Twitter – we use both the embedded feed and the Tweet buttons, depending on where we are in the site. Twitter’s embedded feed widget is more fun to watch than Facebook’s – and can even be interesting for fans who don’t use Twitter. We usually have that on the homepage, and Tweet buttons alongside the Facebook share buttons described above. We don’t usually use Cards and embedded Tweets yet, but we can see possibilities for that, especially if WordPress integrates a plugin in the future that could automate the use of that code.
Get Twitter button code >>
Get Twitter timeline widget code >>
The latest on Twitter embed options >>

Reverbnation – We don’t use it much with our artists. But we do use other direct to fan tools, and embed their widgets – primarily the ones for music players, email capture, download giveaways, and digital and physical music/merch sales. Our favorite is Topspin. We actually spent years working with multiple partners, and found a lot of merit in tools like Nimbit and other kindred partners, but in the end Topspin was the most professional and aggressive with respect to its development pipeline. They built a starting-place platform with a vision for the future, and they have been able to best keep up with change as smartphones and tablets and WordPress and clouds and other 3rd party partner tools and technologies have become more and more popular for artists and fans alike.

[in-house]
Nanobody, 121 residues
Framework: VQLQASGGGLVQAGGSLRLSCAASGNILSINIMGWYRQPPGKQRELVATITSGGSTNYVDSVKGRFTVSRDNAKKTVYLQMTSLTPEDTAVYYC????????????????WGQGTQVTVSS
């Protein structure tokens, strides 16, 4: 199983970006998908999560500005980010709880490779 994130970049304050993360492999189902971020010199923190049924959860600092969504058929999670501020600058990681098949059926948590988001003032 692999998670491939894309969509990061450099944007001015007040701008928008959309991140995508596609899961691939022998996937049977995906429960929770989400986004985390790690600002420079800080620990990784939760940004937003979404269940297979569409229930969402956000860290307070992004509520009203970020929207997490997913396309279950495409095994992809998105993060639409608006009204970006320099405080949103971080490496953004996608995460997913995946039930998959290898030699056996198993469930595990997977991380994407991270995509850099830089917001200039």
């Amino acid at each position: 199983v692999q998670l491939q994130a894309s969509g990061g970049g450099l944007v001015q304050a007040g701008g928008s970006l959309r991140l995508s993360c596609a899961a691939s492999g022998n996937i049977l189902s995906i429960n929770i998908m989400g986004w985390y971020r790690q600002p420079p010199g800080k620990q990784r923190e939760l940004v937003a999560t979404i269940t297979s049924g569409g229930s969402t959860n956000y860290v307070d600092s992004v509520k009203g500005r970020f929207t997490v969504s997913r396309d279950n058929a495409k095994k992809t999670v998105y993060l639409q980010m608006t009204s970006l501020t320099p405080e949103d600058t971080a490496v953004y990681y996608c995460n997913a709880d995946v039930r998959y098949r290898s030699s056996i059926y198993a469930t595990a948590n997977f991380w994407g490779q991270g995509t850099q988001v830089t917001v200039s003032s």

Soundcloud – We use it in specific applications, like for promotional pages, or specific ad hoc one to one mailing. Some people use it for all the players on their sites – it’s more common for booking agencies, music production companies and bloggers than for artist fan-facing websites. We use the direct to fan tool widgets so they tie back to sales on artist sites. But Soundcloud is great. And people in the industry are familiar with it. Like with YouTube, best practice is for an artist to have their own account in their name. We originally started with all of our artists in our account to hopefully bring them cross-pollination, especially when Soundcloud was new and just getting started. But now we have found it more appropriate and advantageous for them to have their own accounts in their names, so they can build a following and analytical data that goes with them over time.

MySpace – We kept the buttons to MySpace on artist sites for a while. Justin Timberlake has long threatened to bring back sexy there, but maybe last year we finally gave up and started removing MySpace links from all our artists’ websites as redesigns were done.